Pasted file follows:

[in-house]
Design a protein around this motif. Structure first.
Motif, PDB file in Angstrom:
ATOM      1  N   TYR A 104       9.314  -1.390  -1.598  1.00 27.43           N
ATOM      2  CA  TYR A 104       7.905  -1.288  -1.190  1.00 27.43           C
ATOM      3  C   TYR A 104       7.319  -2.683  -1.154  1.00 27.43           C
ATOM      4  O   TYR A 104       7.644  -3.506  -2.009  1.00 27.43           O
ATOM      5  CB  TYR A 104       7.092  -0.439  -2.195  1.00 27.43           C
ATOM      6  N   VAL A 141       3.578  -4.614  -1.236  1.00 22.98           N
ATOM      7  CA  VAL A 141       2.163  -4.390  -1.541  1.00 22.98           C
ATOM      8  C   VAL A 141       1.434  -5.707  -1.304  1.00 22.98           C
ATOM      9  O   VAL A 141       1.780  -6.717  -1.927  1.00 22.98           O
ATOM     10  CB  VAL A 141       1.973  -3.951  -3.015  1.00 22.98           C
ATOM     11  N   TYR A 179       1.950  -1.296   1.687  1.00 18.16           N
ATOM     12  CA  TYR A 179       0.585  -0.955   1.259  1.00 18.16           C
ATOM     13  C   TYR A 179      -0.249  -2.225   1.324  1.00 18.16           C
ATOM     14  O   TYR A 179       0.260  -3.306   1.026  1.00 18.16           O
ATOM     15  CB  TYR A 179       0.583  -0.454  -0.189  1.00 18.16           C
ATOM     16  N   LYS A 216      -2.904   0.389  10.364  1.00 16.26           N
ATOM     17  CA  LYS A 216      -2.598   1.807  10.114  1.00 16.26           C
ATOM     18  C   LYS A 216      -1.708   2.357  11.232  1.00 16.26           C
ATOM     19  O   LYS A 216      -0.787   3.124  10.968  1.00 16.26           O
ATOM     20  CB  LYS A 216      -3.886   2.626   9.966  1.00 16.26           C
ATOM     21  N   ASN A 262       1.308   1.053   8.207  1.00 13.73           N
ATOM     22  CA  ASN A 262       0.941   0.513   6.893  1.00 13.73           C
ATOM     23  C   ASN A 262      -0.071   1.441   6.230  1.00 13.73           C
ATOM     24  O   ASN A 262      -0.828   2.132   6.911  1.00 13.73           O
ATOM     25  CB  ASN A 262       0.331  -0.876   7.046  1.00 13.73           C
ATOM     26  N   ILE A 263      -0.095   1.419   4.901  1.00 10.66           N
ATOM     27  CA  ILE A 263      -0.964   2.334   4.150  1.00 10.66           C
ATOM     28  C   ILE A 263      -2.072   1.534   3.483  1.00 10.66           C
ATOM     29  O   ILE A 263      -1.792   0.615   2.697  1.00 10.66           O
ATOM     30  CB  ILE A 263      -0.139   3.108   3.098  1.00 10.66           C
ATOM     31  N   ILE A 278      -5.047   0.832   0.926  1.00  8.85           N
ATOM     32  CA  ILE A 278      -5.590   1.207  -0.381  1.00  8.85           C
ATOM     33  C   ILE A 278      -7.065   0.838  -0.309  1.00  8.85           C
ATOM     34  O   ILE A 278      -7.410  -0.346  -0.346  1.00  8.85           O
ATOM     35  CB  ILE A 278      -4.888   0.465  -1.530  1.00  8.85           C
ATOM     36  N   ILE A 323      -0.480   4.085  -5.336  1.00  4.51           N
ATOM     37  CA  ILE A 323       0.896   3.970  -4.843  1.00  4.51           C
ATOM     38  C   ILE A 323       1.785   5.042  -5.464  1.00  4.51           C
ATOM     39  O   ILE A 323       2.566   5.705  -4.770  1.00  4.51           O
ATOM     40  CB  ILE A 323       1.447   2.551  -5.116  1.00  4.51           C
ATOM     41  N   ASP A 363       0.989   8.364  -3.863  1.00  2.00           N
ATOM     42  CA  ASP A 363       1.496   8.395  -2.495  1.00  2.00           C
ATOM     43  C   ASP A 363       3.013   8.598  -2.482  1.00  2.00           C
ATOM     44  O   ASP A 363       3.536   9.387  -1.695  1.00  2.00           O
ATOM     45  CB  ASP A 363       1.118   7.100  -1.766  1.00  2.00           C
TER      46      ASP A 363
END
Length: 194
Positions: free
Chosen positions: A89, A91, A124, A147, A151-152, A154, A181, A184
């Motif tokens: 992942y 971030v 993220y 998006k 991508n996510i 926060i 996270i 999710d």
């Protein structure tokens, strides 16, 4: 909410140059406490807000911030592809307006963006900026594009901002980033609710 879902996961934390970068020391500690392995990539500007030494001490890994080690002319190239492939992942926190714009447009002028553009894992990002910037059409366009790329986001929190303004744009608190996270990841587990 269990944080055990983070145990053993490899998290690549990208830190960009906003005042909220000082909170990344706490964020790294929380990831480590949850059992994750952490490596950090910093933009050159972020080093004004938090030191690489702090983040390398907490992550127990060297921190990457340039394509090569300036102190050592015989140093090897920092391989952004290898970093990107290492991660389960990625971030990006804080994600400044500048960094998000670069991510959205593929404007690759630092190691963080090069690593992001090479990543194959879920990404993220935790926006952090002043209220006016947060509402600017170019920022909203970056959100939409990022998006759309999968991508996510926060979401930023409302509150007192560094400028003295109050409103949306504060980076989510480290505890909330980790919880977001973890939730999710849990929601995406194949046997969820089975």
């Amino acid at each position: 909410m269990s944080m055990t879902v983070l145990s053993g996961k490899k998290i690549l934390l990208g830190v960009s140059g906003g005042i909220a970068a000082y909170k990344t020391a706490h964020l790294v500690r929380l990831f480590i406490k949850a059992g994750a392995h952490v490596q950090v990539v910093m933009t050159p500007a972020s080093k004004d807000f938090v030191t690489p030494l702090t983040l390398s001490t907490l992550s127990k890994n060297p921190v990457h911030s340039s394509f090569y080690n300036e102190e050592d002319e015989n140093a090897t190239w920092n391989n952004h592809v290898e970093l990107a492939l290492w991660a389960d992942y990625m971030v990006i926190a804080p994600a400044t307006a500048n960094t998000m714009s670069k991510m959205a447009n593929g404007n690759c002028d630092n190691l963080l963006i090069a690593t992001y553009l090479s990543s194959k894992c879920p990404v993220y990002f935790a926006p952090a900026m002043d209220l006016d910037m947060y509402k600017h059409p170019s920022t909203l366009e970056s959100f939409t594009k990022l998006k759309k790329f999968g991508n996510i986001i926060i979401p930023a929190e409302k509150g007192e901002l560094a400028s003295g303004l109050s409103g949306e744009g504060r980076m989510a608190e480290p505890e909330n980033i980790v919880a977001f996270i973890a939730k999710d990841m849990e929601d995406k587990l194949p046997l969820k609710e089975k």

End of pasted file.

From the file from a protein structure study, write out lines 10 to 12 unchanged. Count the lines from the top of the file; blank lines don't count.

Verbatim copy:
ATOM      7  CA  VAL A 141       2.163  -4.390  -1.541  1.00 22.98           C
ATOM      8  C   VAL A 141       1.434  -5.707  -1.304  1.00 22.98           C
ATOM      9  O   VAL A 141       1.780  -6.717  -1.927  1.00 22.98           O